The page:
In Bali, masks are considered sacred objects and are revered as such. The best ones are traditionally carved on auspicious days and the dancers who wear them are believed to be possessed by the spirits of the masks. Characters can be identified from the shape of the features; noble characters always wear full, refined masks; while evil is represented by bulging eyes and garish colors. The characters are silent, but communicate using complex gestures of the hand, head and body. The story lines usually follow popular myths, or episodes from history.
Wayang Kulit is one of the great storytelling traditions of the Javanese and Balinese. The Wayang show normally consists of a small 4 piece orchestra, which provides the musical accompaniment, to around 60 'puppets' carved out of flat pieces of water buffalo hide and the Dalang (puppet master.) The Dalang has to be both incredibly skilled, as well as knowledgeable, and he not only manipulates all the puppets, but also provides a different 'voice' for each one. Good characters normally speak in ancient 'Kawi' and the evil or coarse characters speak Balinese. The Dalang, must be fluent in both languages.
The main religion is Agama Hindu Dharma, which arrived in Bali with the spread of Hinduism via Sumatra and Java during the 11th century. Although originally from India, the Balinese religion is a unique blend of Hindu, Buddhist, Javanese and ancient indigenous beliefs, with customs that are very different from the traditional form of Hinduism practiced in India today.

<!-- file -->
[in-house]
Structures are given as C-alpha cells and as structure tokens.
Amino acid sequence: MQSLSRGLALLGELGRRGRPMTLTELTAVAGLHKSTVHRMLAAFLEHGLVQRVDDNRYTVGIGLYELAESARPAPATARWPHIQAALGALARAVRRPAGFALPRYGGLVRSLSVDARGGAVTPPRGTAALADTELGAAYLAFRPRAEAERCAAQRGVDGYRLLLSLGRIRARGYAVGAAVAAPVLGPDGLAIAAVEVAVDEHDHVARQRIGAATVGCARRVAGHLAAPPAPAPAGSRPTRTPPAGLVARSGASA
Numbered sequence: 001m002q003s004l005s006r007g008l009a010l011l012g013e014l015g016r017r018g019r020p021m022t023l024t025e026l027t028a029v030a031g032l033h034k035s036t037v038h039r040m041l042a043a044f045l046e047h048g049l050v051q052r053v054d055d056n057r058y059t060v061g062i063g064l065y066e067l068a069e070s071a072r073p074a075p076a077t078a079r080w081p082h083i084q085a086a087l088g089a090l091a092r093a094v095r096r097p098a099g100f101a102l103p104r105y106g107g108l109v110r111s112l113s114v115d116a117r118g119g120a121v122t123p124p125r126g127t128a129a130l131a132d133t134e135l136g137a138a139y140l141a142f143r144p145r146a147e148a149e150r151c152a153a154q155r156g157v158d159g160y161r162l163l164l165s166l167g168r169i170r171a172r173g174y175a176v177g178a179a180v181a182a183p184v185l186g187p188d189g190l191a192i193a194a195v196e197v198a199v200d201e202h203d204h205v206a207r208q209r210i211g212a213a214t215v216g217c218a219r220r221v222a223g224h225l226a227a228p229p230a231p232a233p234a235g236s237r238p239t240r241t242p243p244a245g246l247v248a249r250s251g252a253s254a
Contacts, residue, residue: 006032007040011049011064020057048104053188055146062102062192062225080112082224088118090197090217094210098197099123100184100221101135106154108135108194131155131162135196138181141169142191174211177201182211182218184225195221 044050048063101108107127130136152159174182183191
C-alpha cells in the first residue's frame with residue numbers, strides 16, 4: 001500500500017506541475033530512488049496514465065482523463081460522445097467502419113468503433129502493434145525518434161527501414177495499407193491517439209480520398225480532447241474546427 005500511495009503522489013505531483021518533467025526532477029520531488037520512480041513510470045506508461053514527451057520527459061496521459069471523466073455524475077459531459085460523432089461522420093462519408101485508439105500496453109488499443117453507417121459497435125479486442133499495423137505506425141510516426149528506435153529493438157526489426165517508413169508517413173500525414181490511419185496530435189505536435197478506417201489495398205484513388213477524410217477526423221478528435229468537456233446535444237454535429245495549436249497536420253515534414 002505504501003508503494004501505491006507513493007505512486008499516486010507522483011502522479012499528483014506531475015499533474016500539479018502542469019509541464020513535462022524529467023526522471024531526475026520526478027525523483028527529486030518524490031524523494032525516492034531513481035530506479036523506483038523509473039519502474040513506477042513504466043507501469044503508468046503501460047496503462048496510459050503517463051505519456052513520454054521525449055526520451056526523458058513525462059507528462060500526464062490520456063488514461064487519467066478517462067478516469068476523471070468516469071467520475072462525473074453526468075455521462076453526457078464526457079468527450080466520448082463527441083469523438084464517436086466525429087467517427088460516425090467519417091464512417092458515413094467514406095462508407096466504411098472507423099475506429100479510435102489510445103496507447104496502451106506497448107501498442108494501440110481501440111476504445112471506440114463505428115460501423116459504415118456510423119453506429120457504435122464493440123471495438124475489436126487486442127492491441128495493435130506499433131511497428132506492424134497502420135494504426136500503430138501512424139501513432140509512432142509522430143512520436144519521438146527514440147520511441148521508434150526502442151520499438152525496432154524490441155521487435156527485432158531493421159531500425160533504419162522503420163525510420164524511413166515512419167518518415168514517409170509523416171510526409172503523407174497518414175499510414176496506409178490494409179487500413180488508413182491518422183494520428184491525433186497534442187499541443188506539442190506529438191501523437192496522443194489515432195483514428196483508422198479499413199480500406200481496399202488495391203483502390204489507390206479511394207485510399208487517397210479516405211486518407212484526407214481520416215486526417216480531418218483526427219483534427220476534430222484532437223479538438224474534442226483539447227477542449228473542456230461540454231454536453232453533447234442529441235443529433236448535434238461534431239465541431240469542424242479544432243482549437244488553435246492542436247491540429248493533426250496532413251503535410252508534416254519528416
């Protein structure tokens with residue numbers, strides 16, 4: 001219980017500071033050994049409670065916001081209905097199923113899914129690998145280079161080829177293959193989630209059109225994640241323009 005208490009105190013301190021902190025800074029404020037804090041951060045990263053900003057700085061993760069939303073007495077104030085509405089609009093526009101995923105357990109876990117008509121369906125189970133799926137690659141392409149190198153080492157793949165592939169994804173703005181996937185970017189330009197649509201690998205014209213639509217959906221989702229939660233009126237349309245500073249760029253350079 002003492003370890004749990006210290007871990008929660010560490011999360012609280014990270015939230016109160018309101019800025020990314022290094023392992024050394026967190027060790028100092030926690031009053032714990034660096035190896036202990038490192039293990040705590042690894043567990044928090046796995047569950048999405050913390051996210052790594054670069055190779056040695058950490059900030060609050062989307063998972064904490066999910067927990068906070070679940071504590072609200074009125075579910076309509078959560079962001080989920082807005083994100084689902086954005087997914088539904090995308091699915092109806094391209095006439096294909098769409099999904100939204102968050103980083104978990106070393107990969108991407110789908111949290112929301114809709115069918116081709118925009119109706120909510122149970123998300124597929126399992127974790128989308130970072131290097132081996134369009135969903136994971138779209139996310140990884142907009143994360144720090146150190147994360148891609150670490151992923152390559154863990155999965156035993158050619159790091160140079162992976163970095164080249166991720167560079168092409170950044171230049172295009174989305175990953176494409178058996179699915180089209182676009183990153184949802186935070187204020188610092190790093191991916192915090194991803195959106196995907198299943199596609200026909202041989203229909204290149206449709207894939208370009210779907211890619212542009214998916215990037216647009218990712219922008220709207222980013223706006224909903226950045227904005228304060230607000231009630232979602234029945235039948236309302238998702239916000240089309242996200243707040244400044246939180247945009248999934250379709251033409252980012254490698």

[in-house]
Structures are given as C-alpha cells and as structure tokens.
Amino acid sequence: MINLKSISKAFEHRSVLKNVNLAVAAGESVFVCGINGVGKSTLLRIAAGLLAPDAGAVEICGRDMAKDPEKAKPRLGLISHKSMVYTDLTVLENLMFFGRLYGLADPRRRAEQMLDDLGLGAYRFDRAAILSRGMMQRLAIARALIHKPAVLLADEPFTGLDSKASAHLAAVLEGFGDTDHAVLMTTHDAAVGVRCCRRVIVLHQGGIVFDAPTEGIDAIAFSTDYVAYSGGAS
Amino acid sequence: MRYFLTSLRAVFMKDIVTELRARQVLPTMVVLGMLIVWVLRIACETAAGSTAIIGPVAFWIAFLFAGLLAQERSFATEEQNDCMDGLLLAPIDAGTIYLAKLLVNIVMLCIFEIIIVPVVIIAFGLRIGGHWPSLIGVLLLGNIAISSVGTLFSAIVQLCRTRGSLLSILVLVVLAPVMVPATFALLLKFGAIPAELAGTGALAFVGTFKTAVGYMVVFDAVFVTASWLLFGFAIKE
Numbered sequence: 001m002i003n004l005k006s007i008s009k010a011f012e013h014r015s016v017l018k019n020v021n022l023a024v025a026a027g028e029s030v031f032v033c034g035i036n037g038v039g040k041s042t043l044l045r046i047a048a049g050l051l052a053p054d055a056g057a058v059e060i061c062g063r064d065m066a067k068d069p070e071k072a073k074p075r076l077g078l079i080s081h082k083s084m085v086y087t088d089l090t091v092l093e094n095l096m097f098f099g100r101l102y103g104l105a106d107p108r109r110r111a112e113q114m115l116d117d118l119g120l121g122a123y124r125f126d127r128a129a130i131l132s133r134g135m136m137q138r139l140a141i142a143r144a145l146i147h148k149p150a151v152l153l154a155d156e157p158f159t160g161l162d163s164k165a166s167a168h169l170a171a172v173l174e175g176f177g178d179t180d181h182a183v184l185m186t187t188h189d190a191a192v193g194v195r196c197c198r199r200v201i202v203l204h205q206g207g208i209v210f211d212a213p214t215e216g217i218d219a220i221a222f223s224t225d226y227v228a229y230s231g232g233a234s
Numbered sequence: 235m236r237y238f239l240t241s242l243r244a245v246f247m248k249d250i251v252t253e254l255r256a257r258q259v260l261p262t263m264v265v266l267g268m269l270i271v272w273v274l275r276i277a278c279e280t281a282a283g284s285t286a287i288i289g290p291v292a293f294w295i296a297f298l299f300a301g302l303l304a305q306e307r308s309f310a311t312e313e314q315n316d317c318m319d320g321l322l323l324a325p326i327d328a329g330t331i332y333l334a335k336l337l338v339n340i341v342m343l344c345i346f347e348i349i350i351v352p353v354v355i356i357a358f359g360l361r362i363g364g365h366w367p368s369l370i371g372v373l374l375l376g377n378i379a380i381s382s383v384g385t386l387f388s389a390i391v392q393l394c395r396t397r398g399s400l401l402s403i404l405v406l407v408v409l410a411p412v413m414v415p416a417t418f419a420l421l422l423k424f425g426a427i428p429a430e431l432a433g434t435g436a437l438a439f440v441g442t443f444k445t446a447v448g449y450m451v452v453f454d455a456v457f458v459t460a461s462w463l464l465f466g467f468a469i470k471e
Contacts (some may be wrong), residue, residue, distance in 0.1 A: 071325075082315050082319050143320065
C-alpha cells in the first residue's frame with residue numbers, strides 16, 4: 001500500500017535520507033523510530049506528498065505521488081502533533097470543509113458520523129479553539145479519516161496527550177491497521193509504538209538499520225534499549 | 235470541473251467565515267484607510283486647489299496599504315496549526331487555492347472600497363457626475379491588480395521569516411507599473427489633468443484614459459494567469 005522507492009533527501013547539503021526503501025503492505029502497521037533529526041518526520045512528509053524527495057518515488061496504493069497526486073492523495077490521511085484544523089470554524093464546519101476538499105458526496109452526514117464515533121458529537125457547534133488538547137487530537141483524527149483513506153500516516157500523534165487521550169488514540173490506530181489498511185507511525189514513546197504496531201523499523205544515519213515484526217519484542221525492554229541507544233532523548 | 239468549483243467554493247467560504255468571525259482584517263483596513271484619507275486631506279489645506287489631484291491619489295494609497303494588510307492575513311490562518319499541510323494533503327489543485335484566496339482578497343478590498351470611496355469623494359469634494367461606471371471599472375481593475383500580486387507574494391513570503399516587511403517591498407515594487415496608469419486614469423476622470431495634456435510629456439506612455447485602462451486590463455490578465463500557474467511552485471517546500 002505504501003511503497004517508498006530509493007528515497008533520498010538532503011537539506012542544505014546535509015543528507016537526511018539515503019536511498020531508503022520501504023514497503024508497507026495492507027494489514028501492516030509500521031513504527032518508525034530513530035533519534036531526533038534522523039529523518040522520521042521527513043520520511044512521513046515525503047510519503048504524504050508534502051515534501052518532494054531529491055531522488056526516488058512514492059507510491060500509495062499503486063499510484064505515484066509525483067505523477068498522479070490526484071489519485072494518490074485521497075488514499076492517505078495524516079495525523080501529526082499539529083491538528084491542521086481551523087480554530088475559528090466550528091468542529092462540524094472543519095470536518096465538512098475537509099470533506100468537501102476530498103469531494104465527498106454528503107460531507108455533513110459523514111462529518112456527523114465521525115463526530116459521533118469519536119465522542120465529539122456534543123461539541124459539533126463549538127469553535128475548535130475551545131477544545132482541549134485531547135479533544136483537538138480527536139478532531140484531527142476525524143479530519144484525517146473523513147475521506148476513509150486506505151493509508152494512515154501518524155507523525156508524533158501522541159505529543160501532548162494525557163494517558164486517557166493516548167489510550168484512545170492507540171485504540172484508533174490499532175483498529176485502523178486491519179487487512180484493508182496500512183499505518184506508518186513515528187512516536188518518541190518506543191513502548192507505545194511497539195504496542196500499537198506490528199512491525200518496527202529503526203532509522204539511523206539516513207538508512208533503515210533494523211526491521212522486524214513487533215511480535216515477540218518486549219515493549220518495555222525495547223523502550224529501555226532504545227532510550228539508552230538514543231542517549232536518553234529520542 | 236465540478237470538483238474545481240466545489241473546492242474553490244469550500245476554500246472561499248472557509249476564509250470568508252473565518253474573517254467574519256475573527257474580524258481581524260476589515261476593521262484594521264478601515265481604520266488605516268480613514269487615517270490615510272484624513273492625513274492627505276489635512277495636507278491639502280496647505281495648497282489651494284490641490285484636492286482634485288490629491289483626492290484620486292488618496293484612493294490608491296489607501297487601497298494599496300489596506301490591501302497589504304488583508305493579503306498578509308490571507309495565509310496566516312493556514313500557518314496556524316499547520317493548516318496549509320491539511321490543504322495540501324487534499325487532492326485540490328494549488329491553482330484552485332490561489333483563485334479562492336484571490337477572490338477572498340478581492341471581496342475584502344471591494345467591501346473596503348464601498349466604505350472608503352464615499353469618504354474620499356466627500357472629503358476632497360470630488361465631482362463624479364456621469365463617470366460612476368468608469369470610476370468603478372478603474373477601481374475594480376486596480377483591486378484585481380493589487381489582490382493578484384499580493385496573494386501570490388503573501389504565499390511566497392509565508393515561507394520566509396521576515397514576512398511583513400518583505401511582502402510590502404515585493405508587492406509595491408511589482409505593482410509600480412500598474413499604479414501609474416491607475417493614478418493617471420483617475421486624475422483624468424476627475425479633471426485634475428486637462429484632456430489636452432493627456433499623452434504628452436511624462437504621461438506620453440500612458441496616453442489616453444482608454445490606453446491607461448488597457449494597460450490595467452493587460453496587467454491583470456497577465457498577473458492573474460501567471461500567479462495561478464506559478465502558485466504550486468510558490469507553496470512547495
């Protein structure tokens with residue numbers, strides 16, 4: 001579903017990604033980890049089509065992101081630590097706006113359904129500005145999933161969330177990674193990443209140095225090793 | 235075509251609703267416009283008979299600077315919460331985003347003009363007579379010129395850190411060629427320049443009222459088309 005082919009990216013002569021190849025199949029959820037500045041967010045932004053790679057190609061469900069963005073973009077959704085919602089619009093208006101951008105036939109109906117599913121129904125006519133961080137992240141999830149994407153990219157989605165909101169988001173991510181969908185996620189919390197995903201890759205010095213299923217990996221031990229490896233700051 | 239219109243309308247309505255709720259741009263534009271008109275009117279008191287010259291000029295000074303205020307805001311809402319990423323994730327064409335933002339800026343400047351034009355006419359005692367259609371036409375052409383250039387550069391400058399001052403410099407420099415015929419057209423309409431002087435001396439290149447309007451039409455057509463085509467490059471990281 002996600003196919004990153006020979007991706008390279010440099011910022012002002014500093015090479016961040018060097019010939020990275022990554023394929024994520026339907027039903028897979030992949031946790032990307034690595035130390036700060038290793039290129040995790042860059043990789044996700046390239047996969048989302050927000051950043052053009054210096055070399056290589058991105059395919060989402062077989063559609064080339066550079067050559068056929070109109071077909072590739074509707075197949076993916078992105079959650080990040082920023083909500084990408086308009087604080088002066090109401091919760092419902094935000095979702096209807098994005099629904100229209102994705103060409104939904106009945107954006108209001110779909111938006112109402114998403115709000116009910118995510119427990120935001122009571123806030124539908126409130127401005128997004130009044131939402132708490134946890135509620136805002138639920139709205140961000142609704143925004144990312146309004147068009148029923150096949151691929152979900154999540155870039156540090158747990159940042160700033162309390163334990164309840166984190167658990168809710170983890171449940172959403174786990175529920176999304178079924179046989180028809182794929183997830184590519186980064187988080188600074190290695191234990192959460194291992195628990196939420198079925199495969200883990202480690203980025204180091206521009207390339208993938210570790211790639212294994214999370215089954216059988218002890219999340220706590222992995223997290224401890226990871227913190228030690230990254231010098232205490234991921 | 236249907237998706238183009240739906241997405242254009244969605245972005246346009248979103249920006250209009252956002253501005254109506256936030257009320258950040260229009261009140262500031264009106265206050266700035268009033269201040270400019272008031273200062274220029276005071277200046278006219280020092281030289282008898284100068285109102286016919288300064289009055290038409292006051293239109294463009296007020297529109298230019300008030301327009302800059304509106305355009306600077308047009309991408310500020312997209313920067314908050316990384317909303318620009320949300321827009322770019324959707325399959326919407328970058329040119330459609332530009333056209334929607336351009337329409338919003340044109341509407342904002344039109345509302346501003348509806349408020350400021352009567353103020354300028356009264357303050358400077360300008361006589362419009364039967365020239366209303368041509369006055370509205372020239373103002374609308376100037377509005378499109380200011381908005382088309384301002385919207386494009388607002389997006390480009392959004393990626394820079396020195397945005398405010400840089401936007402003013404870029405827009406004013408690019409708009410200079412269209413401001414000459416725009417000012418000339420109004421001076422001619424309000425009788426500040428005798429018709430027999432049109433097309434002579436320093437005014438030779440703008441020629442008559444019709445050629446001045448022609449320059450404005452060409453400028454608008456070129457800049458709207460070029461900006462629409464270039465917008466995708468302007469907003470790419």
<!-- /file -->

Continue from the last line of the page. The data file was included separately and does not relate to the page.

The Balinese worship Brahmana, Shiva and Vishnu, who are seen as manifestations of the Supreme God Sanghyang Widhi. Ganesha (the elephant-headed god) is also visible, but more commonly, one will see shrines to the many gods and spirits that are uniquely Balinese. The Balinese believe strongly in magic and the power of spirits and much of the religion is based upon this. There is a belief that good spirits dwell in the mountains and that the seas are home to demons and ogres.
Most villages have at least three main temples; one, the Pura Puseh or "temple of origin", faces the mountains and is dedicated to the village founders, another, the Pura Desa or village temple, is normally found in the center and is dedicated to the welfare of the village, the last, the Pura Dalem, is aligned with the sea and is dedicated to the spirits of the dead. Aside from these "village" temples, almost every house has its own shrine and you can also find monuments dedicated to the spirits of agriculture, art and all other aspects of life. Some temples, Pura Besakih for example, on the slope of Mount Agung, are considered especially important and people from all over Bali travel to worship there.
"Offerings" play a significant role in Balinese life as they appease the spirits and thus bring prosperity and good health to the family. Everyday small offering trays (canang sari) containing symbolic food, flowers, cigarettes and money, are placed on shrines, in temples, outside houses and shops, and even at dangerous crossroads.
Festivals are another great occasion for appeasing the gods, where woman bear huge, beautifully arranged, pyramids of food, fruit and flowers on their heads. There are traditional dances and music and the gods are invited to come down to join in the festivities. There are many festivals that are well worth observing.